EU proposes new shareholder powers over executive pay
Firms will have to put their remuneration policy to a binding shareholder vote if a European Commission proposal gets approval.
The proposal is part of a mooted commission package to boost shareholder power and control executive pay.
But there would be no EU-wide pay cap and the so-called "say on pay" policy would only apply to publicly traded firms in the 28-nation bloc.
The move is the latest by European lawmakers to control executive awards.
Since the global financial crisis began in 2007-08, the EU has agreed to ban banker bonuses of more than twice the level of fixed pay.
It has also introduced pay rules for managers of hedge funds and other EU investment vehicles.
"Today, there is an insufficient link between management pay and performance and this encourages harmful short-term tendencies," said the commission, announcing the new initiative.
The reforms proposal comes weeks after hefty bonuses and remuneration packages were announced at Barclays, Royal Bank of Scotland and Lloyds Banking Group.
The European proposals would oblige companies to disclose "clear, comparable and comprehensive information on their remuneration policies and how they were put into practice".
The pay policy would need to indicate clearly what the set maximum level for executive pay was at each individual firm.
It would also need to explain how it contributed to the long-term interests and sustainability of the company.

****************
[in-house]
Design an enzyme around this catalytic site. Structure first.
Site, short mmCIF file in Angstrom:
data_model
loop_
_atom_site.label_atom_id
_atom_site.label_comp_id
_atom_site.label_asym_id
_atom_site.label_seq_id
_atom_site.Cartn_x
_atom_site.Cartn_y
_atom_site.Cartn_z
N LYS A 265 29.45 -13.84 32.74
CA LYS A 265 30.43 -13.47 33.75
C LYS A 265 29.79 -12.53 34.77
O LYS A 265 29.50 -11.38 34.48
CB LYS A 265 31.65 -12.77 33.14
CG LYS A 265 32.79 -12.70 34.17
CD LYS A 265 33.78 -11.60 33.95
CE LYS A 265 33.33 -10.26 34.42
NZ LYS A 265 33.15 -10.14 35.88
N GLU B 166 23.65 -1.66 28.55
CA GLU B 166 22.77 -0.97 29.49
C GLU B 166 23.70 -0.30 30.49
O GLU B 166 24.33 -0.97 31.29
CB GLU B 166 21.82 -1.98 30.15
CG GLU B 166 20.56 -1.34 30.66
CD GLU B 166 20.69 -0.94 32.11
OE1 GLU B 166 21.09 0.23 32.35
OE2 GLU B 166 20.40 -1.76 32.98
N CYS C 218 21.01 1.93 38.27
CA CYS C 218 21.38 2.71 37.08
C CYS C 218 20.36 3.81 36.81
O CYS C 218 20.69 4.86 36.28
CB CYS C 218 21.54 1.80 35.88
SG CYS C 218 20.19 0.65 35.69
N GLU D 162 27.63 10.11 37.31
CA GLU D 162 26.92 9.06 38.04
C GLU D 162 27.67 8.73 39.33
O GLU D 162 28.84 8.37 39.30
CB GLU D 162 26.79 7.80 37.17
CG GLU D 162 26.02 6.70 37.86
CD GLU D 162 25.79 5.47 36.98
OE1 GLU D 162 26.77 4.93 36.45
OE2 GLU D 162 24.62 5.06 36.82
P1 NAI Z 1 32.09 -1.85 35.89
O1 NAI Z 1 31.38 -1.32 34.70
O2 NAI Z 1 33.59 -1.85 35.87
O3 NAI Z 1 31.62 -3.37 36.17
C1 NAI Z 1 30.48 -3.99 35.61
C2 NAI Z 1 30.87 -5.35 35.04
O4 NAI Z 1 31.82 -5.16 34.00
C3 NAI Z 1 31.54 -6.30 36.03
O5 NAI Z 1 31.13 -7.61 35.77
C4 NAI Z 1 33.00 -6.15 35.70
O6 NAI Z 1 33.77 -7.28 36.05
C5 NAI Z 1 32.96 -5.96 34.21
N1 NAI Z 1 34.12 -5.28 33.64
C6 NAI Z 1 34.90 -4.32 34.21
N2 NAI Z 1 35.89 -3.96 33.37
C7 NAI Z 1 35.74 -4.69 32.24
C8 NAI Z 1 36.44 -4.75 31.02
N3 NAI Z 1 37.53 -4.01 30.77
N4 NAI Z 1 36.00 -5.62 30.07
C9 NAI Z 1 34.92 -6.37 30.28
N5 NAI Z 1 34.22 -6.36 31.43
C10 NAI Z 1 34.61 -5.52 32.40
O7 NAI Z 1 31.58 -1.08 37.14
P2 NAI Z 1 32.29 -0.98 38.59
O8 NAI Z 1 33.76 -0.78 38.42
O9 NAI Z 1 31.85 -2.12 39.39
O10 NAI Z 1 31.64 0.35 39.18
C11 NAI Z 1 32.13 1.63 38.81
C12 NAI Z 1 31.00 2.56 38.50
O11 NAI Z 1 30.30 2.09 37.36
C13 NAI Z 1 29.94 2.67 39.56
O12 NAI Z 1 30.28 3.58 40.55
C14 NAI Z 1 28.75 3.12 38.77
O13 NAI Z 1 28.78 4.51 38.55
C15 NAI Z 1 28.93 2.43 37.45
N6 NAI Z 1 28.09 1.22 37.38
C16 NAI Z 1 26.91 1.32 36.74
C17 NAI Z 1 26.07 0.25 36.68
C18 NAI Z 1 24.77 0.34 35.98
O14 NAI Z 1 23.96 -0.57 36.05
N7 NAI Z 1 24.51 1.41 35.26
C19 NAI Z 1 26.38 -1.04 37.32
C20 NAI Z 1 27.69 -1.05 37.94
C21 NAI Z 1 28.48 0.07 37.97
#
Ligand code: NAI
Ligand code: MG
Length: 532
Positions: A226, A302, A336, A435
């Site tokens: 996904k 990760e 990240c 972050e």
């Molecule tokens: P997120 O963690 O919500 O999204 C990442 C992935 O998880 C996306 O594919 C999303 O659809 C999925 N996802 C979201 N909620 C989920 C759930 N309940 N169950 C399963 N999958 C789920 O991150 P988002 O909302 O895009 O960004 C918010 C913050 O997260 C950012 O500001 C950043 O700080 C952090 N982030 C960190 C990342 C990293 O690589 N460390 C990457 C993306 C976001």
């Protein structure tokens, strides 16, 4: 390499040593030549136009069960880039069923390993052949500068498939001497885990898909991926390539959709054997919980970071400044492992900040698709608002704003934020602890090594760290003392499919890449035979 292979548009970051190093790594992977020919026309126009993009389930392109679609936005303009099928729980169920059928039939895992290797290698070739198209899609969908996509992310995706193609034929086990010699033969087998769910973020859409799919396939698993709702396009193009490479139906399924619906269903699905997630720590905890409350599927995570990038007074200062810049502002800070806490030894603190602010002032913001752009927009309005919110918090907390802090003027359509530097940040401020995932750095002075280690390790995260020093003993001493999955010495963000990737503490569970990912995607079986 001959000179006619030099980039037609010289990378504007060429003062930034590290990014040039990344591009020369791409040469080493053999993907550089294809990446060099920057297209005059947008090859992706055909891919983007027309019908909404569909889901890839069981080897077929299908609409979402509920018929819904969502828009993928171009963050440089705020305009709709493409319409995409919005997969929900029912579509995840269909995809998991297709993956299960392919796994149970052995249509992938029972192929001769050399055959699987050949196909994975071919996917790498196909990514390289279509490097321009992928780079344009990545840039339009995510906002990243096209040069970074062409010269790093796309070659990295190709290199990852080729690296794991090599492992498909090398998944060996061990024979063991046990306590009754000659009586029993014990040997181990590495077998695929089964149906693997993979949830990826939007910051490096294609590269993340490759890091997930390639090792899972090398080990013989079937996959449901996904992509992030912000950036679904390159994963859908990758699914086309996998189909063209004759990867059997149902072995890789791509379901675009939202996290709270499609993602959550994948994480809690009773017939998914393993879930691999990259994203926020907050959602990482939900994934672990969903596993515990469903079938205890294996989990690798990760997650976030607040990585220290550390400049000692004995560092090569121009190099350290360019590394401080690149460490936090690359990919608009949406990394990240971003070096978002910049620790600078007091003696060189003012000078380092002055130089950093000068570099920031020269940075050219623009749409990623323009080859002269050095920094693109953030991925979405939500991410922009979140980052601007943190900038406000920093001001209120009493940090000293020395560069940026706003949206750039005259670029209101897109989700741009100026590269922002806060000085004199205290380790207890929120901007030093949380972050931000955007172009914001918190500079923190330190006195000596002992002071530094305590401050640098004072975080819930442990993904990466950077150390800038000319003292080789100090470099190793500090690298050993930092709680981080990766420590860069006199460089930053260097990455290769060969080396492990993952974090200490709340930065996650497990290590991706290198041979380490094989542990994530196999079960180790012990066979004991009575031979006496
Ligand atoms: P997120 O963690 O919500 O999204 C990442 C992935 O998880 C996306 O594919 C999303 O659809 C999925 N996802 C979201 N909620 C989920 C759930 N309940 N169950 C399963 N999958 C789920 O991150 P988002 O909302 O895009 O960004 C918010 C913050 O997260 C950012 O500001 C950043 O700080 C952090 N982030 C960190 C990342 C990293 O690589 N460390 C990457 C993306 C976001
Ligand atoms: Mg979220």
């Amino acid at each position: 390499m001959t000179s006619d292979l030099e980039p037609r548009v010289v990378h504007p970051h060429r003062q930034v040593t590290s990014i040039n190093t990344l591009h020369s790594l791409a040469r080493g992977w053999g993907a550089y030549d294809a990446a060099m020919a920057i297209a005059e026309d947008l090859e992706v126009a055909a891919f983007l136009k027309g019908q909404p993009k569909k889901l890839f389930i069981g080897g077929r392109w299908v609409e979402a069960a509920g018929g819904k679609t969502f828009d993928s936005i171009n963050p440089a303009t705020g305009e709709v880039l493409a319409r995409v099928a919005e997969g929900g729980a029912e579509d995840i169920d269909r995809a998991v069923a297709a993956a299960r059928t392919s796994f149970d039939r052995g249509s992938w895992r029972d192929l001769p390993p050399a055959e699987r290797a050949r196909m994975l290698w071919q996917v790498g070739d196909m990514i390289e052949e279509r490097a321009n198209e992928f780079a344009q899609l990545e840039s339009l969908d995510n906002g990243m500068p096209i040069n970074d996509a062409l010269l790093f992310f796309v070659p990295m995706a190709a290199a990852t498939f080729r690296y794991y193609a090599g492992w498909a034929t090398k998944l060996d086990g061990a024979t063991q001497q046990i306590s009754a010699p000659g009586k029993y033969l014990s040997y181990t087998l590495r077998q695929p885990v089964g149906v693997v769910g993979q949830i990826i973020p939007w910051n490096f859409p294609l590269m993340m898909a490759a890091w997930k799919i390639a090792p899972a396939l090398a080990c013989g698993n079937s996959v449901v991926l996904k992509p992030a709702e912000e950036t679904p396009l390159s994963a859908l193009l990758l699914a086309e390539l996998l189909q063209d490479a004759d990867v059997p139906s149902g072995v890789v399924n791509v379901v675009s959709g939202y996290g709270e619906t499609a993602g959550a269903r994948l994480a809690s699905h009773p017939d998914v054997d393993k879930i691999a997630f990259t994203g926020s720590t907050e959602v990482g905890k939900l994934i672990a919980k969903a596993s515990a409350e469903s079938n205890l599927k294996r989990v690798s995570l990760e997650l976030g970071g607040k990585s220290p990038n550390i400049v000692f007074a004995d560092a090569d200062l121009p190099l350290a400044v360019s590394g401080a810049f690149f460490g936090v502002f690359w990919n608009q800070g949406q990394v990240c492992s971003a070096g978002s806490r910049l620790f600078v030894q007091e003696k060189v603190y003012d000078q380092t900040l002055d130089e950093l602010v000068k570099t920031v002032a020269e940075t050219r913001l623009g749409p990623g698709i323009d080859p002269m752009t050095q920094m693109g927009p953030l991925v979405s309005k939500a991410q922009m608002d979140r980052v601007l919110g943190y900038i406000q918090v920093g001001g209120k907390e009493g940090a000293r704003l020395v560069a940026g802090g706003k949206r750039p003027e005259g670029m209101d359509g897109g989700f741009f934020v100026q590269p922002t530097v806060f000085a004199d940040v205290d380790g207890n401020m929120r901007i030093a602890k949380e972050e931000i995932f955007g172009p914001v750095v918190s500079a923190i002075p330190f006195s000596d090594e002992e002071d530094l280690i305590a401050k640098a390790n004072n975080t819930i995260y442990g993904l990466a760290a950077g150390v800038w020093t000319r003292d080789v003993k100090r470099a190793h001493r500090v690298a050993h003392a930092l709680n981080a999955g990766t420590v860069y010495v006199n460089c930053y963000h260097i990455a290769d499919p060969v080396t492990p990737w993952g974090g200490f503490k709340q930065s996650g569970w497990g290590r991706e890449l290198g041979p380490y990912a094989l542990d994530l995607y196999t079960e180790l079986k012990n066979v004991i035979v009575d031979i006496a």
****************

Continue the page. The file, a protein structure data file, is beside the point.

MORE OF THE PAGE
In addition, it would also need to explain how the pay and employment conditions of employees of the company were taken into account when setting the executive pay policy - including indicating what the ratio was between average employees' and top executives' rewards.
It is hoped the proposed initiatives will boost shareholder oversight and awareness.
There is a also a proposal to harmonise business rules for small and medium sized companies across the European Union, to make it easier to do cross-border business.
"We welcome the European Commission's objective to encourage more long-term focused shareholder engagement," said Matthew Fell of the CBI.
"However, any changes to the rights and responsibilities of shareholders should not blur their roles with those of company boards and management, otherwise they will result in inefficient micro-management by shareholders.
"It shouldn't be shareholders' responsibility to set specific pay levels or vote on pay ratios, for example.
"It's right that shareholders focus on the big picture when it comes to pay, and in the UK they have a vote on company pay policy, but the remuneration committee should retain responsibility for specific pay levels."